To resolve the issue of whether punitive damages are recoverable in this State against intoxicated drivers, an examination of the relevant law in other jurisdictions is instructive. To date, twenty-two out of twenty-seven jurisdictions to consider the question have held that punitive damages may be assessed against the drunken driver in a civil proceeding: Alabama (Fritz v. Salva, 406 So.2d 884 (Ala.1981)); Arizona (Smith v. Chapman, 115 Ariz. 211, 564 P.2d 900, 904 (1977)) (citing Ross v. Clark, 35 Ariz. 60, 274 P. 639 (1929)); Arkansas (Miller v. Blanton, 213 Ark. 246, 210 S.W.2d 293, 3 A.L.R.2d 203 (1948)); California (Taylor v. Super. Ct. of Los Angeles County, 24 Cal.3d 890, 598 P.2d 853, 157 Cal.Rptr. 693 (1979)); Connecticut, (Infeld v. Sullivan, 151 Conn. 506, 199 A.2d 693 (1964)); Delaware (Walczak v. Healy, 280 A.2d 728 (Del.1971)); Florida (Ingram v.

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Pettit, 340 So.2d 922 (Fla.1976)); Georgia (Chitwood v. Stoner, 60 Ga.App. 599, 4 S.E.2d 605 (1939)); Illinois (Madison v. Wigal, 18 Ill.App.2d 564, 153 N.E.2d 90 (1958)); Iowa (Nichols v. Hocke, 297 N.W.2d 205 (Iowa 1980)) (citing Sebastian v. Wood, 246 Iowa 94, 66 N.W.2d 841 (1954)); Kentucky (Wiggington's Adm'r v. Rickert, 186 Ky. 650, 217 S.W. 933 (1920)); Minnesota (Hawkinson v. Geyer, 352 N.W.2d 784 (Minn.1984)); Mississippi (Southland Broadcasting Co. v. Tracy, 210 Miss. 836, 50 So.2d 572 (1951)); Missouri (Smith v. Sayles, 637 S.W.2d 714 (Mo.App.1982)) (remanded punitive damages issue to provide plaintiff an opportunity to develop and present evidence on intoxication); Montana (Allers v. Willis, 197 Mont. 499, 643 P.2d 592 (1982)); New Mexico (Svejcara v. Whitman, 82 N.M. 739, 487 P.2d 167 (N.M.App.1971)); New York (Colligan v. Fera, 76 Misc.2d 22, 349 N.Y.S.2d 306 (N.Y.Civ.Ct.1973)); North Carolina (Huff v. Chrismon, 68 N.C.App. 525, 315 S.E.2d 711 (1984)); Oregon (Harrell v. Ames, 265 Or. 183, 508 P.2d 211 (1973)); Pennsylvania (Focht v. Rabada, 217 Pa.Super. 35, 268 A.2d 157 (1970)); but see Harvey v. Hassinger, 315 Pa.Super. 97, 461 A.2d 814, 816 (1983) (noting that Focht was decided prior to the effective date of the Pennsylvania No-Fault Motor Vehicle Insurance Act, which became effective July 19, 1975); Tennessee (Pratt v. Duck, 28 Tenn.App. 502, 191 S.W.2d 562 (1945)); Texas (Crider v. Appelt, 696 S.W.2d 55 (Tex.Civ.App.1985)).

The jurisdictions that have held that punitive damages are not recoverable against the drunken driver are generally governed by a standard of punitive damages requiring "actual malice" or "malice in fact." See Comment, Punitive Damages and the Drunken Driver, 8 Pepperdine L.Rev. 117, 138 (1980). 2 These courts generally require "that state of mind under which a person's conduct is characterized by hatred or ill will, a spirit of revenge, retaliation, or a determination to vent his feelings upon other persons" before awarding punitive damages. Detling v. Chockley, 70 Ohio St.2d 134, 436 N.E.2d 208, 210 (1982) (quoting Columbus Finance v. Howard, 42 Ohio St.2d 178, 184, 327 N.E.2d 654, 658 (1975)).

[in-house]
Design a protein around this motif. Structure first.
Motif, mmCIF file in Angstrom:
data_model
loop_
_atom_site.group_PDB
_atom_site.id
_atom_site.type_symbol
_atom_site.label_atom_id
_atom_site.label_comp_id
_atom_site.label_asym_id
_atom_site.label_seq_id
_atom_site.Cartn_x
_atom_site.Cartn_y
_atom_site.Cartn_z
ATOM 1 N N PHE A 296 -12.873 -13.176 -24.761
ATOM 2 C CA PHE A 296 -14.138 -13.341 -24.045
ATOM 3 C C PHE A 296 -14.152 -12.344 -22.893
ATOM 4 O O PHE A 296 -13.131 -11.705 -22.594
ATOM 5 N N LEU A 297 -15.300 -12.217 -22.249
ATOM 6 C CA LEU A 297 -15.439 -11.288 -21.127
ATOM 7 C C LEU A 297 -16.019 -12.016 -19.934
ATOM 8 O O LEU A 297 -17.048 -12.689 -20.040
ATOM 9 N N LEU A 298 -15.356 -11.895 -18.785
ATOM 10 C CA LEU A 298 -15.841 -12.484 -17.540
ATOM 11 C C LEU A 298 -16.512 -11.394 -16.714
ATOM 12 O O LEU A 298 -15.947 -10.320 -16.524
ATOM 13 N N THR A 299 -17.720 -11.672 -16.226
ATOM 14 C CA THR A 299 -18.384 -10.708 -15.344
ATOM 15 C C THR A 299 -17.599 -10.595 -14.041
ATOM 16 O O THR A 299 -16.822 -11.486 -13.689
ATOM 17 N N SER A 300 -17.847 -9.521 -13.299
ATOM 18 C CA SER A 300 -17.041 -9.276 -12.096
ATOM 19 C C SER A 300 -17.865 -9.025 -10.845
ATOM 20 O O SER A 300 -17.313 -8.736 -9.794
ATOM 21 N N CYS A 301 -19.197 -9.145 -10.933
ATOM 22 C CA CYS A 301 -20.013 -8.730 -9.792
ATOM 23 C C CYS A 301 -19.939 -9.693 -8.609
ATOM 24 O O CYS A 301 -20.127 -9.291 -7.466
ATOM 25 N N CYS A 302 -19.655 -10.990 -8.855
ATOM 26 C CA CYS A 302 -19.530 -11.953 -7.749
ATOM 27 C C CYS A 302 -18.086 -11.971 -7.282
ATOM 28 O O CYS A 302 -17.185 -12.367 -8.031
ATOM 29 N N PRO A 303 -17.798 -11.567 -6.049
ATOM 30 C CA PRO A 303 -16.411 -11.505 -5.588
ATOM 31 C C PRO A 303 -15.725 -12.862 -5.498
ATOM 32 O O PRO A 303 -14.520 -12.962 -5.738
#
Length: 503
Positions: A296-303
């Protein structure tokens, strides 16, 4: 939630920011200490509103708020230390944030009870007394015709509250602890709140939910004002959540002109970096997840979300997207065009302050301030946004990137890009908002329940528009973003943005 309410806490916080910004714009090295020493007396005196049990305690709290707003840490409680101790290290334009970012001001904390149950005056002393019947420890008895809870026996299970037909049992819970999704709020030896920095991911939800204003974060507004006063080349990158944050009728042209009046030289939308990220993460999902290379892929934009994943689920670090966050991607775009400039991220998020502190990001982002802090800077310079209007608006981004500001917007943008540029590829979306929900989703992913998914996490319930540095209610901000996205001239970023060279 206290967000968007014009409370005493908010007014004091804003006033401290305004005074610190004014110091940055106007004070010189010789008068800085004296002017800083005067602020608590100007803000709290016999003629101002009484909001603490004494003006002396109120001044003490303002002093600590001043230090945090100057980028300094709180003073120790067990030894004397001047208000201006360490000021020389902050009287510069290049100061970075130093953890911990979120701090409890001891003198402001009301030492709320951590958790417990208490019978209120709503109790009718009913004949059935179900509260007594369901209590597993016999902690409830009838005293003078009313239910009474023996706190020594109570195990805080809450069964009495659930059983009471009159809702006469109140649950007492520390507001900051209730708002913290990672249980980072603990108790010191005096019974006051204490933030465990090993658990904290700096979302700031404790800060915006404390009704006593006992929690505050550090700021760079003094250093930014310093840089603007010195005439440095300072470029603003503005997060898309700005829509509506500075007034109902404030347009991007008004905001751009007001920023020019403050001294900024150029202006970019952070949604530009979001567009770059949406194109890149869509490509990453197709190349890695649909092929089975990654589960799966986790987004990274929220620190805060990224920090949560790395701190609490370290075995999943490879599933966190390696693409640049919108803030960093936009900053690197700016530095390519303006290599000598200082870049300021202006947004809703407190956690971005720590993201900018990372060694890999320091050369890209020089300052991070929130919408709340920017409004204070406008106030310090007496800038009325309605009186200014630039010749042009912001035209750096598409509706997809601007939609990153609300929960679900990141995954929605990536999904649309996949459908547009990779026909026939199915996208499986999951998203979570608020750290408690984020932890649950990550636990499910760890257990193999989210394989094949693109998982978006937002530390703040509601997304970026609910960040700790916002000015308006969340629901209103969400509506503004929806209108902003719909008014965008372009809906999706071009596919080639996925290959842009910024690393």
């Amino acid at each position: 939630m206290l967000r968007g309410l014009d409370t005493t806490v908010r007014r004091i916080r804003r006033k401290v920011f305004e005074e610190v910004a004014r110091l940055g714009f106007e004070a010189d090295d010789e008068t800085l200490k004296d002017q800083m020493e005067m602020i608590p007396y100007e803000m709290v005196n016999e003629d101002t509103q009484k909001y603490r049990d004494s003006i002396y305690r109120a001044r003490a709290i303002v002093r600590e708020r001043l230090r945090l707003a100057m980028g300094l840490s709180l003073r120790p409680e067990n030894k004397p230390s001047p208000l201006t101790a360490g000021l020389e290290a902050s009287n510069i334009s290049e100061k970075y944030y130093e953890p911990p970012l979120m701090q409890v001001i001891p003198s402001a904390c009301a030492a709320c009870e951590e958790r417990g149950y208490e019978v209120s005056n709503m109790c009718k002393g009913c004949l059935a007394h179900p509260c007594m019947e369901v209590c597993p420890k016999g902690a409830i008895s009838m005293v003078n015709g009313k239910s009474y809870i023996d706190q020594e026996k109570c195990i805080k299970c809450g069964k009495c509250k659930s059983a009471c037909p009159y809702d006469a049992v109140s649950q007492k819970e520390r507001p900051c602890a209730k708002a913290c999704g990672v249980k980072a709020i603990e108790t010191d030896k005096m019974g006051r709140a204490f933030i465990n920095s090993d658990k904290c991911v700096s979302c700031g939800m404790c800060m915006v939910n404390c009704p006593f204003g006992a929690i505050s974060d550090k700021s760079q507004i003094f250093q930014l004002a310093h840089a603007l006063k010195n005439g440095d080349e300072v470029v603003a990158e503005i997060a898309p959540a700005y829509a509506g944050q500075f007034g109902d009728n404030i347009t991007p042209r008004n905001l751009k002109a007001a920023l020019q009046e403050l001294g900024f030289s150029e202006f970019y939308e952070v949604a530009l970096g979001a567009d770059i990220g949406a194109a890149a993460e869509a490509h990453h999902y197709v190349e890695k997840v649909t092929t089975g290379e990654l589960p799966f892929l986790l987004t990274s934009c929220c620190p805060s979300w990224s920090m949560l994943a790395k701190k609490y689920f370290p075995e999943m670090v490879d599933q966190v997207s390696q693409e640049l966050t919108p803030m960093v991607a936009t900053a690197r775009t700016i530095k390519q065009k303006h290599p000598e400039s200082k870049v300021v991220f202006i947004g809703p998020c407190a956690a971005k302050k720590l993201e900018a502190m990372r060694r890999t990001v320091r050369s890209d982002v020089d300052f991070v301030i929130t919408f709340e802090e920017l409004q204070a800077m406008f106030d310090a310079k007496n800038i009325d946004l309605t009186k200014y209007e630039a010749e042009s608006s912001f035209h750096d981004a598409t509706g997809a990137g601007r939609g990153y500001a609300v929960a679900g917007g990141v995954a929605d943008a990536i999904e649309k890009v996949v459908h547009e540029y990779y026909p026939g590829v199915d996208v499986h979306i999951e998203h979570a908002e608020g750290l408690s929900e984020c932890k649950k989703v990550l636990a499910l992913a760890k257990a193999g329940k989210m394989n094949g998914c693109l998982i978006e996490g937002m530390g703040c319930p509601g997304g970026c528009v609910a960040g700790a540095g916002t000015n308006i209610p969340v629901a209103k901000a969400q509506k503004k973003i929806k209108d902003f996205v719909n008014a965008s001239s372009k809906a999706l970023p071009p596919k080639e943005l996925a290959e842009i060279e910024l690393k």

B.

Because the standard for an award of punitive damages in Utah is determinative of our holding, we review the history of punitive damages in Utah. Prior to 1979, punitive damages could be imposed only after a finding of "actual malice" or "malice in fact." See, e.g., Kesler v. Rogers, 542 P.2d 354 (Utah 1975); Palombi v. D & C Builders, 22 Utah 2d 297, 452 P.2d 325 (Utah 1969); Powers v. Taylor, 14 Utah 2d 152, 379 P.2d 380 (1963); Smoot v. Lund, 13 Utah 2d 168, 369 P.2d 933 (1962); Holland v. Moreton, 10 Utah 2d 390, 353 P.2d 989 (1960); Evans v. Gaisford, 122 Utah 156, 247 P.2d 431 (1952); Murphy v. Booth, 36 Utah 285, 103 P. 768 (1909). In these cases, "actual malice" or "malice in fact" was defined as willful and malicious misconduct and described as an act done with evil intent and with the purpose of injuring. See Kesler, 542 P.2d at 359; see also

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McFarland v. Skaggs Companies, Inc., 678 P.2d 298, 303 n. 11 (Utah 1984).

In 1979, the Utah Supreme Court had an opportunity to articulate the proper standard to be applied in assessing punitive damages in false imprisonment cases. Terry v. Zions Coop. Mercantile Inst., 605 P.2d 314 (Utah 1979). The supreme court held that in false imprisonment cases the defendant need not manifest "actual malice" or "malice in fact." Rather, malice could be implied from conduct.